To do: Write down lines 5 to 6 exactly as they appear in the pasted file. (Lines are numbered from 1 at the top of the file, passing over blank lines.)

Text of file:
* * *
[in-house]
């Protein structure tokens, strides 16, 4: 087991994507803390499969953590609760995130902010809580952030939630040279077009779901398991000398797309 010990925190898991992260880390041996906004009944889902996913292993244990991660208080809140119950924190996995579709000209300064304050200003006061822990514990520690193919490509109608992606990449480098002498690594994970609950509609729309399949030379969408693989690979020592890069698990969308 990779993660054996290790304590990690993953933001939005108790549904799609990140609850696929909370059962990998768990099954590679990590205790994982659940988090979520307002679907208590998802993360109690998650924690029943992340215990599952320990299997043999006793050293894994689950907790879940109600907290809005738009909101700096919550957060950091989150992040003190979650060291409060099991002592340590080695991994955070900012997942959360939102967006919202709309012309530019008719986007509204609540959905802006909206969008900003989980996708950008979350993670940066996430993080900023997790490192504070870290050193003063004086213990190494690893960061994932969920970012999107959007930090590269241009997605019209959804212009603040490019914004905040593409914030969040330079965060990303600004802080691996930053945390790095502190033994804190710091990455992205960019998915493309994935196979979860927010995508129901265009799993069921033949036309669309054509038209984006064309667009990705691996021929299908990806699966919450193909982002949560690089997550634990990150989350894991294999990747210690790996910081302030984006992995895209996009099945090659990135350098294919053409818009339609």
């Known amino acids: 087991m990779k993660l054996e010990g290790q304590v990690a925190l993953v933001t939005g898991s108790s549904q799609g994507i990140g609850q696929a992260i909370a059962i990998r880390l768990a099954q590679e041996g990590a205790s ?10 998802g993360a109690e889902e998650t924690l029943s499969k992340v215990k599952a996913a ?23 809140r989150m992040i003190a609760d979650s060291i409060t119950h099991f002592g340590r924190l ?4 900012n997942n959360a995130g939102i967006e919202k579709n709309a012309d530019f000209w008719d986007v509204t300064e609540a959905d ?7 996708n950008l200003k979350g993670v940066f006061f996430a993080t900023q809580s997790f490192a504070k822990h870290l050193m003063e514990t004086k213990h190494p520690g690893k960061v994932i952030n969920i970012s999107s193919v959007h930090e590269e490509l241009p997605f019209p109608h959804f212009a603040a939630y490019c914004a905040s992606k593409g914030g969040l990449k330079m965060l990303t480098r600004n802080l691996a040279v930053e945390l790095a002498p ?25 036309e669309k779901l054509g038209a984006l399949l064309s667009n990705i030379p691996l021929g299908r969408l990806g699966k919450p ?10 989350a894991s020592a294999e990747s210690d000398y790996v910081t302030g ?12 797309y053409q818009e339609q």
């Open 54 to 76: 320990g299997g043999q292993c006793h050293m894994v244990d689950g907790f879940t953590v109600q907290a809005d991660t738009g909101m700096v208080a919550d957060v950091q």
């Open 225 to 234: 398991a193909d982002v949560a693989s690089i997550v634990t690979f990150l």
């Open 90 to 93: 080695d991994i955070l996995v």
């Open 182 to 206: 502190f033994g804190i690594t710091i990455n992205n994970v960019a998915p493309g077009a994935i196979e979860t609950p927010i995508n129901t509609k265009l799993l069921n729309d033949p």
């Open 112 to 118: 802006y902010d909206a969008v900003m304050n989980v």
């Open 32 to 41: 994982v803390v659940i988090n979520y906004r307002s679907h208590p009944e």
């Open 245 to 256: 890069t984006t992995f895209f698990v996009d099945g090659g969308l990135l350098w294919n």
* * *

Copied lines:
């Open 225 to 234: 398991a193909d982002v949560a693989s690089i997550v634990t690979f990150l």
């Open 90 to 93: 080695d991994i955070l996995v």